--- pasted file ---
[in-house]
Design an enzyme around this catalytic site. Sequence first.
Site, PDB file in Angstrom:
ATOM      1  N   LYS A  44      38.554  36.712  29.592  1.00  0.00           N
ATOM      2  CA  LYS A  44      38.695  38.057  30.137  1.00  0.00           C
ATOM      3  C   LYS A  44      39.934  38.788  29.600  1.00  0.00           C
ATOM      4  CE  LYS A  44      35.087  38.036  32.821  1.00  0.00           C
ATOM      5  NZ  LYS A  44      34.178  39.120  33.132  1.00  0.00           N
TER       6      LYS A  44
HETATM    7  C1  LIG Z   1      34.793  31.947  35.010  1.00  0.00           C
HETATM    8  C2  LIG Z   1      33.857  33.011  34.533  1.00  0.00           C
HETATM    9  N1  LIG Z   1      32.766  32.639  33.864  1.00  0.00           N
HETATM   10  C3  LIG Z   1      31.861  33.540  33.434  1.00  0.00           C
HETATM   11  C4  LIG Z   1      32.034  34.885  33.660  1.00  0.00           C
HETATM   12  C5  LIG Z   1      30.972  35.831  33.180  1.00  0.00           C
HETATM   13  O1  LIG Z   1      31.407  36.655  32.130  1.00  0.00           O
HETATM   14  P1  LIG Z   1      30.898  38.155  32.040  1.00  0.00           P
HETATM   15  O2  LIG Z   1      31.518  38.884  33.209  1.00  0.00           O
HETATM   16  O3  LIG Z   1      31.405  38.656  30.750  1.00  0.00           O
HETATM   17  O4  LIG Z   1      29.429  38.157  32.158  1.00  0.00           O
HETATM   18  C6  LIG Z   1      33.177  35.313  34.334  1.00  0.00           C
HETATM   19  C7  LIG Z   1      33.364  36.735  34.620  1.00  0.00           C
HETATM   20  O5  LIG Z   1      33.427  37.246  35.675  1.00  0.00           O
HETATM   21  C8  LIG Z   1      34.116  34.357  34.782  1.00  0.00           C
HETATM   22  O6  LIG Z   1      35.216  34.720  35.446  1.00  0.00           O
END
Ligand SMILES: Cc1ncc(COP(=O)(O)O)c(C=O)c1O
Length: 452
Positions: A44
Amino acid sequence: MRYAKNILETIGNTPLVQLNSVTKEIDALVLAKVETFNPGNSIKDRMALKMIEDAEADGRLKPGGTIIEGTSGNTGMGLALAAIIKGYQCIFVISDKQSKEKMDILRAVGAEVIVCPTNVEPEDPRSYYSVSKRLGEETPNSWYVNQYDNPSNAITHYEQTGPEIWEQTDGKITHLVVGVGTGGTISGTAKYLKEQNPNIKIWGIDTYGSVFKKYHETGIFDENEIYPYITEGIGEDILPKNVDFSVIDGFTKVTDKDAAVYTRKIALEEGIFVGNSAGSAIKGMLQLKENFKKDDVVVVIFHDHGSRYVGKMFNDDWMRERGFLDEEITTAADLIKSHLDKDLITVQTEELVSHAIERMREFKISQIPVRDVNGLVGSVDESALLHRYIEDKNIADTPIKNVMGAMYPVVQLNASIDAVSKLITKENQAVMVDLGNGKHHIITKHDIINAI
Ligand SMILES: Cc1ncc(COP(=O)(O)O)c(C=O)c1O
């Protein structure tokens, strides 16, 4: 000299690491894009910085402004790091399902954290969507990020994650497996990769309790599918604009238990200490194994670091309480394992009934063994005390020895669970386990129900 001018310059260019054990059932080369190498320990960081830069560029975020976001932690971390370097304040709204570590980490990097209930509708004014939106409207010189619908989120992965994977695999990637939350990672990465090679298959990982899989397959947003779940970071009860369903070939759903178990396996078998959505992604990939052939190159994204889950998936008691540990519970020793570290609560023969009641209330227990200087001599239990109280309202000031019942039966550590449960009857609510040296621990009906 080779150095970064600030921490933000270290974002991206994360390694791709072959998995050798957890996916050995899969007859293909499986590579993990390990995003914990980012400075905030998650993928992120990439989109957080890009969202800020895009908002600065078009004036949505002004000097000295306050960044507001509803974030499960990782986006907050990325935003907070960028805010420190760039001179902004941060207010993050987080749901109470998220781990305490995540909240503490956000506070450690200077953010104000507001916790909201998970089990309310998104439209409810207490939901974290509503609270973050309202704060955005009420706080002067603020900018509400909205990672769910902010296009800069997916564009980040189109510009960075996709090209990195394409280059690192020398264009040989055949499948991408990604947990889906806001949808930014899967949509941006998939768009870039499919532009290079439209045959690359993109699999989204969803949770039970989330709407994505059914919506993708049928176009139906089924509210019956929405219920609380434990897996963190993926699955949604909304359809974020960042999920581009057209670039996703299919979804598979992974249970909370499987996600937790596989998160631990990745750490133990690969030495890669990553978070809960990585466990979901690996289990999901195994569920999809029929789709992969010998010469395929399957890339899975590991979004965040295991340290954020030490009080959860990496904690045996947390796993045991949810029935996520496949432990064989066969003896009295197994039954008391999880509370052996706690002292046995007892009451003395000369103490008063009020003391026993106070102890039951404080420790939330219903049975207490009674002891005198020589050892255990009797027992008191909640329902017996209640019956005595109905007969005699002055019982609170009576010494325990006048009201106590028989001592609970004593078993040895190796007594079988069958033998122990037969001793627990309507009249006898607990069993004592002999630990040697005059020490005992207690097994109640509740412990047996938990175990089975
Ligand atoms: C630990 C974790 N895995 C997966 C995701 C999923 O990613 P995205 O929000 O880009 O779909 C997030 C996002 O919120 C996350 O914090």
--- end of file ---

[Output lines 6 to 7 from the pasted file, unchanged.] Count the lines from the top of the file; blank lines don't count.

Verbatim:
ATOM      3  C   LYS A  44      39.934  38.788  29.600  1.00  0.00           C
ATOM      4  CE  LYS A  44      35.087  38.036  32.821  1.00  0.00           C